In the third part of issue one you will find articles of three members of the advisory board. Robert J. C. Young presents his rereading of Franz Fanon as cultural translation, both in the sense that the author’s books have mainly been read and interpreted through translations, and in the sense that Fanon’s ‘combat literature’ both represents and enacts a total commitment to cultural translation as a strategy for subaltern empowerment. Young asks, ‘If culture is itself a form of translation, and if both sides of a cultural translation constitute dynamic practices of struggle, how can we think them all together as a common process, or a particular kind of intervention?’ Iain Chambers’s Translating space is presented in its entirety, a portion of which appeared in the inaugural issue. In it, Chambers considers cities as sites of cultural encounters, and as such, in perpetual translation. ‘There is no one project, no single perspective that is able to subordinate, discipline, edify, and translate space’, Chambers maintains, because ‘Space is re-articulated, transformed from a singular structure into a multilateral palimpsest that can be “written” up and over, again and again. Freed from their supposedly objective status, space and temporality are deviated from the unilateralism of “progress”; both are redistributed in a narrative yet to be told.’ The third part of this issue concludes with Babli Moitra Saraf ’s elaboration of a theme she previously set forth in translation’s inaugural issue. ‘The idea of translation as a linear operation needs to be interrogated’, she states. ‘Even the word “translation” must be reviewed to consider that interlingual translation may just be one of several translational practices. Its dominance in defining all acts of translation must be examined and challenged’. With this document, Saraf challenges the perspectives on translation presented in the inaugural issue’s introduction by Stefano Arduini and Siri Nergaard. I am hopeful that her words are a start to a rich debate that can be developed online: how and where can studies on translation meet when the ‘translation question’ is radically different in different parts of the world?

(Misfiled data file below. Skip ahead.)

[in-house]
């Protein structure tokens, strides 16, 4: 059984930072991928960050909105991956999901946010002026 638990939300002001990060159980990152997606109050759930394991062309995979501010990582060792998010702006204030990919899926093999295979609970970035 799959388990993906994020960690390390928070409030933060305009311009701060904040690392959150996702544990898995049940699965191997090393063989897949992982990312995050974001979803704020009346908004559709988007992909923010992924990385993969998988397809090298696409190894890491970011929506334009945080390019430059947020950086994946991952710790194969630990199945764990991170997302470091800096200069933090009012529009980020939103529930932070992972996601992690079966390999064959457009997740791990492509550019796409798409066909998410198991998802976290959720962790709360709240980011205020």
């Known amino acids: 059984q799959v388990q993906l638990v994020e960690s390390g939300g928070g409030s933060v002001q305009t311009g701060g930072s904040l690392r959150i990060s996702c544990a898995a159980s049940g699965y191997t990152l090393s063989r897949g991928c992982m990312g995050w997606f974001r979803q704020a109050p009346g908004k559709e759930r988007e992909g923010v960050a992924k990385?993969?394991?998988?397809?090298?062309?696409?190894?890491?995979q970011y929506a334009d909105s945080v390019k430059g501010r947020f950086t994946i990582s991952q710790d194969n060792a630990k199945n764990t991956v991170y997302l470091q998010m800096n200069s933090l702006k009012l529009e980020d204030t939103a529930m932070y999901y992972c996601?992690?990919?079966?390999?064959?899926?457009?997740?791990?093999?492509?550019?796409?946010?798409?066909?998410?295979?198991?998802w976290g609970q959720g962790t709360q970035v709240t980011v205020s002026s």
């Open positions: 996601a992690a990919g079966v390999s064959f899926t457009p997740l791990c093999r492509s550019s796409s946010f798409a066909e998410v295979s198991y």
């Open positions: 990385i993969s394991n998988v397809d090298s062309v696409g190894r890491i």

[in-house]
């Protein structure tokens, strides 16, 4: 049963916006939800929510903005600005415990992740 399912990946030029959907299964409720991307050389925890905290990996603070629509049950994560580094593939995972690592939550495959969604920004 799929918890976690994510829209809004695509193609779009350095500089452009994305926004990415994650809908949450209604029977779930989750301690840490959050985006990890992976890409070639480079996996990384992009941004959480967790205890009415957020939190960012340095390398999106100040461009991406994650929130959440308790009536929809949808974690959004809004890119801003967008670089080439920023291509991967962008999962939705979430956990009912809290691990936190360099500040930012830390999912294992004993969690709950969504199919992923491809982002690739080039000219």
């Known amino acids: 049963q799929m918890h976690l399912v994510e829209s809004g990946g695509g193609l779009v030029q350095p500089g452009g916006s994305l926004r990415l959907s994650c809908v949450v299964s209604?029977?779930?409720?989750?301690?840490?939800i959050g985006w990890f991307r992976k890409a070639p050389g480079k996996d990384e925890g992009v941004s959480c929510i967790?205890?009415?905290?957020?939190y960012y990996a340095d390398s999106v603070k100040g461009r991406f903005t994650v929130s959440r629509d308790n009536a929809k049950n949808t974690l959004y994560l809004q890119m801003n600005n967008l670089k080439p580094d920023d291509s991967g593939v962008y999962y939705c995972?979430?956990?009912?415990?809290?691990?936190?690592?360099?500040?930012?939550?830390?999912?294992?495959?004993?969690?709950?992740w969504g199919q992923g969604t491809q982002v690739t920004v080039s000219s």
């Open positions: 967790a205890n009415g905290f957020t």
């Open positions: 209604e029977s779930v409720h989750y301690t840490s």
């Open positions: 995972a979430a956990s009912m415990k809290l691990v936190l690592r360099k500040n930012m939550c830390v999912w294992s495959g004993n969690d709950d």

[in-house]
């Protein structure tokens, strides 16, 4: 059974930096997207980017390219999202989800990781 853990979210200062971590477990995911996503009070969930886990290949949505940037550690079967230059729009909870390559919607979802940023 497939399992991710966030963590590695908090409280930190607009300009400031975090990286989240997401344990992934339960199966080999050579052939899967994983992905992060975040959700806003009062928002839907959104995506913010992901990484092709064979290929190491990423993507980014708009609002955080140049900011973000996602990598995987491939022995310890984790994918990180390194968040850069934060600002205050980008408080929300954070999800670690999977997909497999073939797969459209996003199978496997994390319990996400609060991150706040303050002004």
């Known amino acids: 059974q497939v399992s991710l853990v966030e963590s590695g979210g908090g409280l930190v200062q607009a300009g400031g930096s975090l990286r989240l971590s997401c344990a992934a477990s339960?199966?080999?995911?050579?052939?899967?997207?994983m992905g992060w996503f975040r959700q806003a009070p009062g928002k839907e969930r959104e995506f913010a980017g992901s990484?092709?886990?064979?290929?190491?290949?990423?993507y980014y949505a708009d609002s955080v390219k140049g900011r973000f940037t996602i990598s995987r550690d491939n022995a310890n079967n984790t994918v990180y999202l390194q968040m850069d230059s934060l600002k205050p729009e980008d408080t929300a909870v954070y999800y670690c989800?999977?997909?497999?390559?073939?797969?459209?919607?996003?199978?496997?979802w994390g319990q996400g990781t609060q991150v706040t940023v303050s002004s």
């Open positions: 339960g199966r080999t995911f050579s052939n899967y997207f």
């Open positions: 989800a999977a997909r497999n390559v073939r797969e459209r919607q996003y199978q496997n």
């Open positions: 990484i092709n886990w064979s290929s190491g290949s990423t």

The issue concludes with translation’s interview with Susan Bassnett. What is printed here is the transcript of our conversation in October 2011. Both her and translation studies’ main steps can be traced through her words, ending with important considerations for the future: Which are the significant questions on translation today? Where does translation take place? The video of the interview with Bassnett is already available online:

Let me welcome a new member of the editorial board, Babli Moitra Saraf. Passing from member of the advisory to the editorial board, she will more actively and directly enrich the journal by enlarging its geographical, linguistic, and cultural perspectives. Babli succeeds Valerie Henitiuk, who has left the editorial board for other duties. We thank Valerie for her important contribution to the journal’s initial steps. Welcome also to James Maxey, who is the journal’s managing editor: without him neither the journal’s paper version nor the online journal would be possible.
Some concluding remarks on the future issues: We will endeavor to include an interview with a prominent person in different fields of research on translation in each issue. We believe in these personal encounters, and in their capacity to create through dialogue new ideas beyond disciplinary boundaries.
Additional content is available to translation subscribers online, including reviews, news, debates, and comments. It is our hope that through the combination of these two forms of publication the journal will be both current and timely. The website offers quick availability, searchable content, and opportunities to interact while the paper version allows for reflective and deep reading. Both formats shall always be transdisciplinary.

by Antonia Carcelén-Estrada

By Piotr Blumczyński

by Sergey Tyulenev

By Edwin Gentzler, Anthony Pym and Gayatri Chakravorty Spivak

by Robert J.C. Young

by Ian Chambers

By Babli Moitra Saraf

by Siri Nergaard

The Invisibility of the African Interpreter
Jeanne Garane

"Les interprètes le font tourner dans un petit cercle d'intrigues.” (The interpreters keep him turning in a narrow circle of intrigues.) Robert Delavignette, Service africain

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Interview with Robert J.C. Young

translation editor Siri Nergaard met with Robert J. C. Young in New Your City on September14th 2012 at the Nida Research Symposium.

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Reflections on Translation
Paschalis Nikolaou

How does one reflect on translation? For Susan Bassnett, one of the world’s foremost thinkers in translation studies – it is a field she helped into being, no less – this is a question answered incrementally, and over time. Her Reflections on Translation collects critical pieces that appeared, for the most part, in the ITI Bulletin; their significance immediately connects to the author’s name, but the usefulness of – and often, sheer enjoyment in – reading them owes also to an adopted style and approach to communicating what’s really important.